My latest business idea is to run a team of properly managed plumbers or electricians. You could use cellphones to track them between jobs in order to provide customers with an accurate and continuously updated ETA at their next job. Rather like many of the parcels companies now do.

Most of the self-employed ones are USELESS at managing their time, informing customers about delays or emergencies etc. I reckon you'd be everyone's first choice service provider if you had a decently managed system that kept customers informed properly.


Now all you need to do is to find some plumbers and electricians who are keen to let you know exactly where they are at all times of the day....

I wish you the best of luck with your new venture....

:D

Cheers,

Itsallaguess

didds
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Re: Buying a business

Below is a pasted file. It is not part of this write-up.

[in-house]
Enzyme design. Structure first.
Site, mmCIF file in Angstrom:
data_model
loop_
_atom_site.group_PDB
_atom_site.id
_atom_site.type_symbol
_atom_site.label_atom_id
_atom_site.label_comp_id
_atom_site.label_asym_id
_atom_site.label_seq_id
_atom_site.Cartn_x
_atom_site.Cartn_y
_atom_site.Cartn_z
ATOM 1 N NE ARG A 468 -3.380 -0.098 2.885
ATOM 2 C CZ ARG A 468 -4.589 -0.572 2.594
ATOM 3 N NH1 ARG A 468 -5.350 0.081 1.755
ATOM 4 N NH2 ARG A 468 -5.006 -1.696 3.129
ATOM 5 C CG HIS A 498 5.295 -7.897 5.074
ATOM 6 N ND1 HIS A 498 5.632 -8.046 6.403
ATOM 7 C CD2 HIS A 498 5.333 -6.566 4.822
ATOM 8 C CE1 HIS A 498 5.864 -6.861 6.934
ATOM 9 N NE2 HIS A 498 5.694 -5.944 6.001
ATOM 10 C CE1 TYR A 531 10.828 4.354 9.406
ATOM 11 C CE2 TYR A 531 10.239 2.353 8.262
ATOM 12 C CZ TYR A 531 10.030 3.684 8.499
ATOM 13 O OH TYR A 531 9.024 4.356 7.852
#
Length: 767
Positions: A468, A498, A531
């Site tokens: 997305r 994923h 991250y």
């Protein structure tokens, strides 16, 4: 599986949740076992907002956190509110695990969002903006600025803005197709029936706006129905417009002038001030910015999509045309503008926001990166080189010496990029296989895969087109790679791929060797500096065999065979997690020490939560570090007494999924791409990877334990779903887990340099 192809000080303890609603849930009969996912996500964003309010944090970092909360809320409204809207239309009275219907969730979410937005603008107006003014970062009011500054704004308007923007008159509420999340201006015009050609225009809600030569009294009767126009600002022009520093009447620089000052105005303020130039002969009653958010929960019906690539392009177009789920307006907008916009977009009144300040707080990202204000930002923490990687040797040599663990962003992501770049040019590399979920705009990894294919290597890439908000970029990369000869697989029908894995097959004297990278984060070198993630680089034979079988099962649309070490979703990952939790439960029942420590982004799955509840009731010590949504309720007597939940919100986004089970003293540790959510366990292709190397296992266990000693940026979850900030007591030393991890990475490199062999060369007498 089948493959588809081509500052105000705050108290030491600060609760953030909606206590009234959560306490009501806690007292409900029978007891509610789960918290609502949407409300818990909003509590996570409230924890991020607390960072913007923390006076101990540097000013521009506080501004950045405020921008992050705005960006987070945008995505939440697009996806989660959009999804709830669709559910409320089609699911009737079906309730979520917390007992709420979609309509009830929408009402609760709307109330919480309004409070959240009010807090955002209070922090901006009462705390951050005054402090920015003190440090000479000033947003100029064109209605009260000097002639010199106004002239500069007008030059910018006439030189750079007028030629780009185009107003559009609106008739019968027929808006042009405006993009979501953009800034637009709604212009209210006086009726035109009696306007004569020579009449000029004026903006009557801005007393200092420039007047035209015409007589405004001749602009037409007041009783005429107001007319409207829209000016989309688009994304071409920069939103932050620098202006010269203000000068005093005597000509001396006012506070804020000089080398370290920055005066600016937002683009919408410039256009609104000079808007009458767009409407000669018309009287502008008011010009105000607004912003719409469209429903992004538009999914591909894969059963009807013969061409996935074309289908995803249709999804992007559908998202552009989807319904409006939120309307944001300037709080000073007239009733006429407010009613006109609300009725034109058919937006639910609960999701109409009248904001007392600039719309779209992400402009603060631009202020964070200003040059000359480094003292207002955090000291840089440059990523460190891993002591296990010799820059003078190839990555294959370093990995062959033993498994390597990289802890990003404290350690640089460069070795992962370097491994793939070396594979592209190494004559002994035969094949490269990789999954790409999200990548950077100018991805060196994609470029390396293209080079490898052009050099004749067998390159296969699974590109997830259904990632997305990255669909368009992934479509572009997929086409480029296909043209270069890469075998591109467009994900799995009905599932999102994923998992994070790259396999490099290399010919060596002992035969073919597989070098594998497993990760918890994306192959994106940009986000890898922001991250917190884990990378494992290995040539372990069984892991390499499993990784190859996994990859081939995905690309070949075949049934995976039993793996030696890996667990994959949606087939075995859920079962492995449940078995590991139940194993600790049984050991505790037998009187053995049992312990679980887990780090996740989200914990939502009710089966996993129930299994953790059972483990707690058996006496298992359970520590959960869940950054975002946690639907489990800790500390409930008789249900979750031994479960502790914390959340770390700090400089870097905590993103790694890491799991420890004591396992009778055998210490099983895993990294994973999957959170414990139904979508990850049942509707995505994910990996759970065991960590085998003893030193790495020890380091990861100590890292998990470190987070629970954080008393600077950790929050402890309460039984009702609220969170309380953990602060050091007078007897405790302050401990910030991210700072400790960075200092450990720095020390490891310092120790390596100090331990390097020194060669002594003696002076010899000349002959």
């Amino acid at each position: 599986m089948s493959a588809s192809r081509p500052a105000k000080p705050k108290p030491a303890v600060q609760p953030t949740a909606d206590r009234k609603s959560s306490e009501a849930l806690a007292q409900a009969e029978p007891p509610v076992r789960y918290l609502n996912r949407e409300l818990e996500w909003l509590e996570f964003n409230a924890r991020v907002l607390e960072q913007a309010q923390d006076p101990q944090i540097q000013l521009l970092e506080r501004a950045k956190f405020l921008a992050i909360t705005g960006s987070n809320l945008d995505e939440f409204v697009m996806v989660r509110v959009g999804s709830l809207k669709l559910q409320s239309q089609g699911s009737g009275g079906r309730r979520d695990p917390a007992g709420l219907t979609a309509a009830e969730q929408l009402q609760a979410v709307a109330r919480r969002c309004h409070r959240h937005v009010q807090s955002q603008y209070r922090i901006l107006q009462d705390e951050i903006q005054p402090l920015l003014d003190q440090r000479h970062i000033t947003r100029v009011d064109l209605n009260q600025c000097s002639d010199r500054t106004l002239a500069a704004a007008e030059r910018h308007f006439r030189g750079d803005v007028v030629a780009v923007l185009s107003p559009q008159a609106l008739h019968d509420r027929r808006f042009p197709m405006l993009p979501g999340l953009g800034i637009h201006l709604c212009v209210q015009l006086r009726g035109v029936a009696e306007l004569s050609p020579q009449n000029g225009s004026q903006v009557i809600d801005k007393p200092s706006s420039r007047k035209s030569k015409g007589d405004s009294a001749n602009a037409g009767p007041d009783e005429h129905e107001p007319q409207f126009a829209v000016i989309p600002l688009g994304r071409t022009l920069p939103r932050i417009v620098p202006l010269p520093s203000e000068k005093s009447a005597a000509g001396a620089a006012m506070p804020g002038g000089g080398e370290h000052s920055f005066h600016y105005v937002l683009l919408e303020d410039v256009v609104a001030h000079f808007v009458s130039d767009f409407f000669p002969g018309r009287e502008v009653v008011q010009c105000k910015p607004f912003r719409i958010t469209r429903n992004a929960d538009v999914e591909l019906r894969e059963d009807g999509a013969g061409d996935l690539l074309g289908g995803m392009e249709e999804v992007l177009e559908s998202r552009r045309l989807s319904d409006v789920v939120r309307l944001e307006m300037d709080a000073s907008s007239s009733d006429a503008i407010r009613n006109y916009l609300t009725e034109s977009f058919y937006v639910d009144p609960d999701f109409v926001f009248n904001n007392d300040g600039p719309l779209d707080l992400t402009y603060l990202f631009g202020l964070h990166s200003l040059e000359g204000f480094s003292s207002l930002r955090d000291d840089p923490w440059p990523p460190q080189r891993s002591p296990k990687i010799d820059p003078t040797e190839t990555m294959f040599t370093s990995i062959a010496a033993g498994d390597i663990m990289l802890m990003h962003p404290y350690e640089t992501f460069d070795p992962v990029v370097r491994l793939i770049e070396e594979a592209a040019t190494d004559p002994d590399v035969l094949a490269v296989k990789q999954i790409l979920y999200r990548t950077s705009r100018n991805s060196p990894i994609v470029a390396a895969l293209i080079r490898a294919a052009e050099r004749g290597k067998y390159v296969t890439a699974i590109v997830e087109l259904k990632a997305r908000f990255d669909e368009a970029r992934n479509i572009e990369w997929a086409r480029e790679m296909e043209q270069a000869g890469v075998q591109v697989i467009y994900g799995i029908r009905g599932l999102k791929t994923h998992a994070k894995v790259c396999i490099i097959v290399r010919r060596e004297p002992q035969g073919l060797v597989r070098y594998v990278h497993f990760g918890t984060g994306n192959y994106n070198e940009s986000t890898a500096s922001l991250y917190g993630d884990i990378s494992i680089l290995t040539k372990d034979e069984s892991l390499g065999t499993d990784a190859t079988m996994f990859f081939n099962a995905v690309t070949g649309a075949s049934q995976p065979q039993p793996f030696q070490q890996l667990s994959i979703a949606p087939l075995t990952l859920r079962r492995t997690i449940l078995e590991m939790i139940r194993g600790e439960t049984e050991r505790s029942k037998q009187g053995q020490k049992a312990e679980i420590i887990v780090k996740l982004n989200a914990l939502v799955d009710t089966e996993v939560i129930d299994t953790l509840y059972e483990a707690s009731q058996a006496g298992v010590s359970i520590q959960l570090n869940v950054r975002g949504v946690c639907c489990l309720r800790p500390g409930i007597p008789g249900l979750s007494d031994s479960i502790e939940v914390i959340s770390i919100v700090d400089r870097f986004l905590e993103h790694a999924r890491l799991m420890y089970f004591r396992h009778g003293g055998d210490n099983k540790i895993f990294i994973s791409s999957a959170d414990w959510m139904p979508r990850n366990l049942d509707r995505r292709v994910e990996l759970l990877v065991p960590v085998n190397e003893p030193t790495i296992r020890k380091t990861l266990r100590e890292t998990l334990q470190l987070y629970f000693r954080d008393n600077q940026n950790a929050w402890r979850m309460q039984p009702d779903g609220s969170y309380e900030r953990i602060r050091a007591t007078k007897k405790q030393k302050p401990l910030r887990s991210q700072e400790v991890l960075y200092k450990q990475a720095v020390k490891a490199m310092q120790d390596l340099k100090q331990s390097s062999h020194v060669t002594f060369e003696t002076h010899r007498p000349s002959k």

#142309

Postby didds » May 30th, 2018, 1:20 pm

I can see the idea wbhind thye central plumber, sparky thing.

the "issue" potentially is either that

* the end price will be higher as there is your logistics/communications level to include, OR
* the sparkies and plumbers would take a cut in effect to keep the prices in line with other similar services not using the central comms/office
* the client is happy to pay a premium to be kept in constant loop etc.

And of course there is always the consideration already hinted at that if the tradesman won't be communicating with their client base when appropriate, why would they communicate with "base" ?

However, I apologise for being so negative :-) I can see that IF the above can be overcome and the concept provesworkable then opwrd of mouth and reputation may well overcome many of these points.


didds

AndyPandy
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Re: Buying a business

#142442

Postby AndyPandy » May 31st, 2018, 12:15 am